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Beth Brickell is an actor, producer, and writer with many stage and screen credits, and is especially known for her leading role on the television series Gentle Ben. She has also engaged in film production and investigative journalism, the latter relating to the 1957 disappearance of Maud Crawford.
Beth Brickell was born on November 13, 1936, in Brinkley (Monroe County) and was raised in Pine Bluff (Jefferson County) and Camden (Ouachita County). She graduated from Camden High School in 1954, and then attended Arkansas State Teachers College (today’s University of Central Arkansas) in Conway (Faulkner County) and the University of Arkansas (UA) in Fayetteville (Washington County), where she majored in history and political science. After graduating with a bachelor’s degree in 1958, she spent a year traveling in Europe. She attended a summer school course at the University of Edinburgh in Scotland to study European history, had an audience with Princess Grace Kelly at the palace in Monaco (which inspired her to pursue an acting career), and taught typing and shorthand for seven months in Rome, Italy, to earn her boat fare back to the United States.
After moving to New York in the early 1960s, she was cast in television commercials and off-Broadway shows while studying acting with Sanford Meisner, with Lee Strasberg, and at the famed Actors Studio, of which she later became a lifetime member. She appeared in twenty-five stage productions. After moving to Los Angeles, California, Brickell appeared in television programs such as The Man from U.N.C.L.E. She went on to star in 1967–69 as the wife of Dennis Weaver on the popular television series Gentle Ben, a show about a game warden, his family, and a tame bear named Ben. Through the 1970s, Brickell appeared on such popular TV shows as Marcus Welby, M.D., Bonanza, Hawaii Five-O, and Fantasy Island. In 1972, she appeared in the feature film The Only Way Home, followed by the 1975 movie The Posse and 1977’s Death Game. As an actress in Hollywood, she starred in 100 television episodes, television movies, and motion pictures, and she received Emmy consideration for roles on Hawaii Five-O and Bonanza.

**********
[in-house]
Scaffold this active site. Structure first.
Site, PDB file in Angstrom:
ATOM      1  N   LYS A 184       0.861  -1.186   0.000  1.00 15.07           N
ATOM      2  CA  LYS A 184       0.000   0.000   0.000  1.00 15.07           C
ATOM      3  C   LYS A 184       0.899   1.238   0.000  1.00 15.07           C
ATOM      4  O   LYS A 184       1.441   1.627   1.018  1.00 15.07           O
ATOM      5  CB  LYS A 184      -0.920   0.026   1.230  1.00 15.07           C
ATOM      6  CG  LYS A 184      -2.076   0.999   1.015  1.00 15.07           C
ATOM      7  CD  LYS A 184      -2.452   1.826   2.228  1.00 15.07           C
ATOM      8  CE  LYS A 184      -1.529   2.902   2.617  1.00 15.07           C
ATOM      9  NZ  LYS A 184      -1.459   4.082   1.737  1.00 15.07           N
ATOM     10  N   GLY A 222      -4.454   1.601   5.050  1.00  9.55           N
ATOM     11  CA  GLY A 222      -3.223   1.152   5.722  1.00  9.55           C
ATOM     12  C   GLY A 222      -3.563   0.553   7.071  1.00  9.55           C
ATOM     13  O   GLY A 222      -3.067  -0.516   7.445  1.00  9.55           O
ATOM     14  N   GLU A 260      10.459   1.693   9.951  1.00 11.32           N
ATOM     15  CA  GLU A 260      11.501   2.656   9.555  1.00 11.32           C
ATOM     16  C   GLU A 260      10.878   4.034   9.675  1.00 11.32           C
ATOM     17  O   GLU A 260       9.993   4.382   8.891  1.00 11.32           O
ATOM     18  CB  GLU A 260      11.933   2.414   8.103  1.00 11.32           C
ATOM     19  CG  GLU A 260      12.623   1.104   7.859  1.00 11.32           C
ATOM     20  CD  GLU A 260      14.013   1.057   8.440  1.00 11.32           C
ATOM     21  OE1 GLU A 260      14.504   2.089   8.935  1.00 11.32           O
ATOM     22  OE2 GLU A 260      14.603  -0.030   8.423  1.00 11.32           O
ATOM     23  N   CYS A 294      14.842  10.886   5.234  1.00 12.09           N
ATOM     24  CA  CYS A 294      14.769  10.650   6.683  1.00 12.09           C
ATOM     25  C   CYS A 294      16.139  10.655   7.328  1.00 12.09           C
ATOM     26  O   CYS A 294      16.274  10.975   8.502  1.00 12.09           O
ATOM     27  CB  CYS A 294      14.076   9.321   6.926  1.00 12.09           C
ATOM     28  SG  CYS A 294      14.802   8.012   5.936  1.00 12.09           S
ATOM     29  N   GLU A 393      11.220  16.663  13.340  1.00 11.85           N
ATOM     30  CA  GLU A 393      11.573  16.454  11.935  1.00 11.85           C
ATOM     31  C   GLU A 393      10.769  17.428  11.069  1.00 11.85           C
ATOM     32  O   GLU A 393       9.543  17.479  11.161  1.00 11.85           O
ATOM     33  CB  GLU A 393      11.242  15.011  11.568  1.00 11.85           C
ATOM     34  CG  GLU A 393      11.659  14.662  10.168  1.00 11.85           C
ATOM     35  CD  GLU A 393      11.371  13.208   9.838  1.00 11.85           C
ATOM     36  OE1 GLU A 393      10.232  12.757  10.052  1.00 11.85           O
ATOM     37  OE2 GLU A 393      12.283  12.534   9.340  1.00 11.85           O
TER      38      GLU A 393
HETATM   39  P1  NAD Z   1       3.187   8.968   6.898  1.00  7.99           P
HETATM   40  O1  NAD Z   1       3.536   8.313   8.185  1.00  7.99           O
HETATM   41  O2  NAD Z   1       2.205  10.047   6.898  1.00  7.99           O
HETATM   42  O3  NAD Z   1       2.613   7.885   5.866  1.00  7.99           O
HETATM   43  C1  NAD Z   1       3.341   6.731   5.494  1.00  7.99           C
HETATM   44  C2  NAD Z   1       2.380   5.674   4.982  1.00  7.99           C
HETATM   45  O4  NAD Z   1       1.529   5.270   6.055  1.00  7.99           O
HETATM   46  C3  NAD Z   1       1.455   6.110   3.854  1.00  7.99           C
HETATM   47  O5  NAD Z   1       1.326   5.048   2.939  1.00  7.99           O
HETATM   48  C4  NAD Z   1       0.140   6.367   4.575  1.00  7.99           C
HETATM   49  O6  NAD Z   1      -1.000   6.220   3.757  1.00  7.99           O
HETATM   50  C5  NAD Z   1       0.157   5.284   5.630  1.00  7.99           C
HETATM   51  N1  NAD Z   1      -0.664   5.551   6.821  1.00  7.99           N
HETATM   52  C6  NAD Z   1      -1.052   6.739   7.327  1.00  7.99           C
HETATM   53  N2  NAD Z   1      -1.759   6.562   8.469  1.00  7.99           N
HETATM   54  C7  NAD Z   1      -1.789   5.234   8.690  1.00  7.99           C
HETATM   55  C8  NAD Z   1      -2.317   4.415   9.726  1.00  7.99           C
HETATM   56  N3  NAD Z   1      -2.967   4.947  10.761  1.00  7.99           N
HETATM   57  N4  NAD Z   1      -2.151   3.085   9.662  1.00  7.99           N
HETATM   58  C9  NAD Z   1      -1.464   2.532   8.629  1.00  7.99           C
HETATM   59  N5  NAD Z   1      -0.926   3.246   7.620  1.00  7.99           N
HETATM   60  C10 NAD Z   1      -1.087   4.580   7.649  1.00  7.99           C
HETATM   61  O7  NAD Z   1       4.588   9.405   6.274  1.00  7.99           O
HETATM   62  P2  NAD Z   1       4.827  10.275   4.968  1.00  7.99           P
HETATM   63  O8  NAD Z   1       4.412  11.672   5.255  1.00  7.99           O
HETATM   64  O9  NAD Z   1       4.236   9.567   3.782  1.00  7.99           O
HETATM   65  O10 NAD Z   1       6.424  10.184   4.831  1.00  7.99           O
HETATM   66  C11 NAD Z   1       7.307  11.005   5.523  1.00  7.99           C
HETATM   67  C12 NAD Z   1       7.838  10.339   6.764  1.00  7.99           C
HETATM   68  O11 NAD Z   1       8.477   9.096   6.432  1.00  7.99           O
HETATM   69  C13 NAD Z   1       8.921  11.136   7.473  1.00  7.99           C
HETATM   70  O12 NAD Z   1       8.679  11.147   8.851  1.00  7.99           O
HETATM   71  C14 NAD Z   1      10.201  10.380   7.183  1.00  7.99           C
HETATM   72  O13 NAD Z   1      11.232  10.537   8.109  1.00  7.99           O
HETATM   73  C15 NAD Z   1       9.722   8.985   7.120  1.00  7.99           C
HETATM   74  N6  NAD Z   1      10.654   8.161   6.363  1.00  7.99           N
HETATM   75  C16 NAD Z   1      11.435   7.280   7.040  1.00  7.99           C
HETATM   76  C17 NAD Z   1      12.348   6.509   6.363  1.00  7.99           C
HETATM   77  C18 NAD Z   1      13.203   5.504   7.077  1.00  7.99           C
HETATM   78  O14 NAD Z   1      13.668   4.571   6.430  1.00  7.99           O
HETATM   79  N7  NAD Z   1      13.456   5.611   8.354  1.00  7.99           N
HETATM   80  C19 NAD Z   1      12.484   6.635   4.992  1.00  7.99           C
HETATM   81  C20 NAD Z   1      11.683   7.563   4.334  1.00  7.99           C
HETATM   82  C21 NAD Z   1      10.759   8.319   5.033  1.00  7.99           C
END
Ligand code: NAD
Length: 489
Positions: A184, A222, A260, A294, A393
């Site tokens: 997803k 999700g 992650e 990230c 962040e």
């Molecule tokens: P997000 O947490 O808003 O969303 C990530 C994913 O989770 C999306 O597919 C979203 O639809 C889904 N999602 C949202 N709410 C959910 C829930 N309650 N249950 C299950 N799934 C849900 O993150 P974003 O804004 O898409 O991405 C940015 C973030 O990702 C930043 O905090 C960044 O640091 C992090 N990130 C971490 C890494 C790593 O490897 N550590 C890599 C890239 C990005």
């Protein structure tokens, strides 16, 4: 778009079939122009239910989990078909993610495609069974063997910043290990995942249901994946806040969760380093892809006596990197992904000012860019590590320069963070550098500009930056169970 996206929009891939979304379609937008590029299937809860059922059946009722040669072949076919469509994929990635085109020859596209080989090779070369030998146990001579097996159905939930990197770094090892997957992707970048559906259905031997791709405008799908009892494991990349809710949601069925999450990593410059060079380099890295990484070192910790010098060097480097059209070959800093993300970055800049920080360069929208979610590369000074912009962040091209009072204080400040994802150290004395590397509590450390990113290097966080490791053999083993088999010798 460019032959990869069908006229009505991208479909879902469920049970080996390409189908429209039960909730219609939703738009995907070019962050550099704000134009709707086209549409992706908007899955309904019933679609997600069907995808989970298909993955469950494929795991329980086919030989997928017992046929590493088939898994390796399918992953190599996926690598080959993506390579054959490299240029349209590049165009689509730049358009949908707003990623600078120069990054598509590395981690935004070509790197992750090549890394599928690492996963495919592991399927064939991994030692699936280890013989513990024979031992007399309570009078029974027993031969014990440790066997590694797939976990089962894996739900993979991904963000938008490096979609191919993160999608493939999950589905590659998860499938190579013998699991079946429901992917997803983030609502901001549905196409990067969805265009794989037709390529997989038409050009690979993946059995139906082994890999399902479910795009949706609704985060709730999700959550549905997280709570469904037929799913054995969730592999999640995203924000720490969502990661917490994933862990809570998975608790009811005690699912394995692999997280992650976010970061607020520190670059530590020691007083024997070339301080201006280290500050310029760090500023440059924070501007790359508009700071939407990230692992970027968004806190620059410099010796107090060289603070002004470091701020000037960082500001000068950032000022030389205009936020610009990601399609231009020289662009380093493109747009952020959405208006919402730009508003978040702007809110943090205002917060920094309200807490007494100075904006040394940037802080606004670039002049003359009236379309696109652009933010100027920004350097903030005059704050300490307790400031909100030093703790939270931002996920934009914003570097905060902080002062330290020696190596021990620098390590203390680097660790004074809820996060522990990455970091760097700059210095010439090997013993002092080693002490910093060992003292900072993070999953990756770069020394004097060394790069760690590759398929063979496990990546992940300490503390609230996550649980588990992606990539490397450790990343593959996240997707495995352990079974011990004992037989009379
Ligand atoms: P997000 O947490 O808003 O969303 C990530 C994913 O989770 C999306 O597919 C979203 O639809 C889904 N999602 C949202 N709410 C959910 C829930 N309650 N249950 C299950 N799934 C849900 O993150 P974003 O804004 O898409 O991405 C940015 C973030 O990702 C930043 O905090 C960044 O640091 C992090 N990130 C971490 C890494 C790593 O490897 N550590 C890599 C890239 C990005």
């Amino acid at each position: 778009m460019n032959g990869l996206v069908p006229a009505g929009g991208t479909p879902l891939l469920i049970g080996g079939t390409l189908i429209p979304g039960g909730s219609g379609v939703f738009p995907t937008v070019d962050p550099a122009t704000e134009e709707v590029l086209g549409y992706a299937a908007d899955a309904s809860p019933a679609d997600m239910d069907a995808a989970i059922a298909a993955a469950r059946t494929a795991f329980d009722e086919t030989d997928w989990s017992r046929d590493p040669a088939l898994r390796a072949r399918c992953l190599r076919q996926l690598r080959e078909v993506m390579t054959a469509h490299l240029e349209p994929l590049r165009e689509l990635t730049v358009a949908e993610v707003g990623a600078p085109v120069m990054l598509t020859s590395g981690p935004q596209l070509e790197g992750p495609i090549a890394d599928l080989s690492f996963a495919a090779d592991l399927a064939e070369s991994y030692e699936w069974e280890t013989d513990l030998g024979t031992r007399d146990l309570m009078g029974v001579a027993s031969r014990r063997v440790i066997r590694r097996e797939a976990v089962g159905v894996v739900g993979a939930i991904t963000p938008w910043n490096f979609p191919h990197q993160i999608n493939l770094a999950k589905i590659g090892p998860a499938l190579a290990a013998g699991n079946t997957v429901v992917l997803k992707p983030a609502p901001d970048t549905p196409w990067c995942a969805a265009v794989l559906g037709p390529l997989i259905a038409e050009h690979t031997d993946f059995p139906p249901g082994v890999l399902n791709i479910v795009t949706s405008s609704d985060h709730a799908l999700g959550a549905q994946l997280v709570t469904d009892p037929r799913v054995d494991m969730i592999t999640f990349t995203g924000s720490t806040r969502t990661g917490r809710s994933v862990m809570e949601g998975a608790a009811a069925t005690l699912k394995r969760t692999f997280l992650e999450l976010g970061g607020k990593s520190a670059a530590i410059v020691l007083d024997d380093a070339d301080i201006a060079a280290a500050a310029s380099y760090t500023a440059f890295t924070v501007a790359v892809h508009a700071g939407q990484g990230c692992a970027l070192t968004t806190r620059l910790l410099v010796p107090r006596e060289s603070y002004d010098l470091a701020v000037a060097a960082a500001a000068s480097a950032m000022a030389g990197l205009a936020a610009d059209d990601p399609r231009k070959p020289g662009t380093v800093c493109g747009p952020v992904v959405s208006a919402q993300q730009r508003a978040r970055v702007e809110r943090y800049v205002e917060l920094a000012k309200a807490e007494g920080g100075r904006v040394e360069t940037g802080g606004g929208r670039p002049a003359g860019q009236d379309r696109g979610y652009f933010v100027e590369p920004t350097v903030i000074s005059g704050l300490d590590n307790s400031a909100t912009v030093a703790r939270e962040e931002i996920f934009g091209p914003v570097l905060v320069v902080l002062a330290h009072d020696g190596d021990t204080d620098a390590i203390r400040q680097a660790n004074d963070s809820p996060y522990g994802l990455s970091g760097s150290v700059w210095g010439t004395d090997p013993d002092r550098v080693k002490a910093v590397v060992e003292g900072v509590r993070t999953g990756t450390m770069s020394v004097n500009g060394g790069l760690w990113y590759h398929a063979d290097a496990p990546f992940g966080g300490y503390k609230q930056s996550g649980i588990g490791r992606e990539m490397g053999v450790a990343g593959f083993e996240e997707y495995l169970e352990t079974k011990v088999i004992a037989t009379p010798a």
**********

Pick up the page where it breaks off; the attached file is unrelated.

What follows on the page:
Brickell ceased acting in order to become a “directing fellow” at the American Film Institute Conservatory in Los Angeles, receiving an MFA in 1978. In the 1980s, she taught for three years at the Lee Strasberg Institute in New York and Los Angeles, while also directing two episodes of the TV drama Knots Landing. She was writer and producer for A Rainy Day (1978), which won several awards, including first place at the USA Film Festival in Dallas, Texas, and was broadcast on PBS. Her film Summer’s End (1985) was broadcast on A&E, Nickelodeon, PBS, and Showtime, winning sixteen film industry awards, including a Blue Ribbon at the American Film & Video Festival in New York, a Gold Plaque in the Chicago International Film Festival, and Best of U.S. Short Fiction at the Los Angeles International Film Festival. Brickell wrote, directed, and produced 2005’s holiday movie Mr. Christmas, which won “Best Family Film” at Hollywood’s Moondance Film Festival and an Award of Excellence from the Film Advisory Board in Los Angeles.
Brickell has been chair of the steering committee of the Director’s Guild of American Women, was an Emmy Awards panelist, and served on the grants committee for the Corporation for Public Broadcasting. She served on the screening committee for the Hot Springs Documentary Film Festival and taught screenwriting at the University of Arkansas at Little Rock (UALR).
Brickell is president of the independent company Luminous Films Inc. Projects in development include an adaptation of the bestselling novel Big Doc’s Girl, which won Best Feature Screenplay at the Moondance International Film Festival in Hollywood. Another project, Disappearance, is an original screenplay based on a 1986 investigative series that Brickell wrote for the Arkansas Gazette about Maud Crawford, a prominent Camden attorney who disappeared in 1957. Crawford vanished from her home, with no body or conclusive evidence ever found during the original police investigation. Brickell’s life was threatened while attempting to unravel the mystery of Crawford’s disappearance. Her newspaper articles ran on the front page of the Gazette, which itself was threatened with a lawsuit in an effort to stop the articles, though it published the complete series anyway.
Brickell has authored two books: William and Mary Brickell: Founders of Miami and Fort Lauderdale (2011), the subjects of which were no relation to her, and The Disappearance of Maud Crawford (2013), which reprinted her investigative series for the Gazette and included a new introduction. She has also been politically active over the years, in both California and Arkansas. In 1992, she conducted fundraising for Bill Clinton’s primary presidential campaign and was the campaign manager for Blanche Lambert Lincoln’s first congressional campaign.
Brickell lives in Los Angeles.
For additional information:
“Beth Brickell.” Internet Movie Database. http://www.imdb.com/name/nm0108565/?ref_=fn_al_nm_1 (accessed May 3, 2016).
Beth Brickell Collection. Torreyson Library Special Collections. University of Central Arkansas, Conway, Arkansas.
Luminous Films Inc. http://www.luminousfilms.net/ (accessed January 26, 2016).
Roberts, Jeremy. “The Unconventionally Persistent Journey of ‘Gentle Ben’ Heroine Beth Brickell.” https://medium.com/athena-talks/the-unconventionally-persistent-journey-of-gentle-ben-heroine-beth-brickell-1e000acd375 (accessed March 31, 2017).
Garland County Historical Society
Last Updated 3/31/2017
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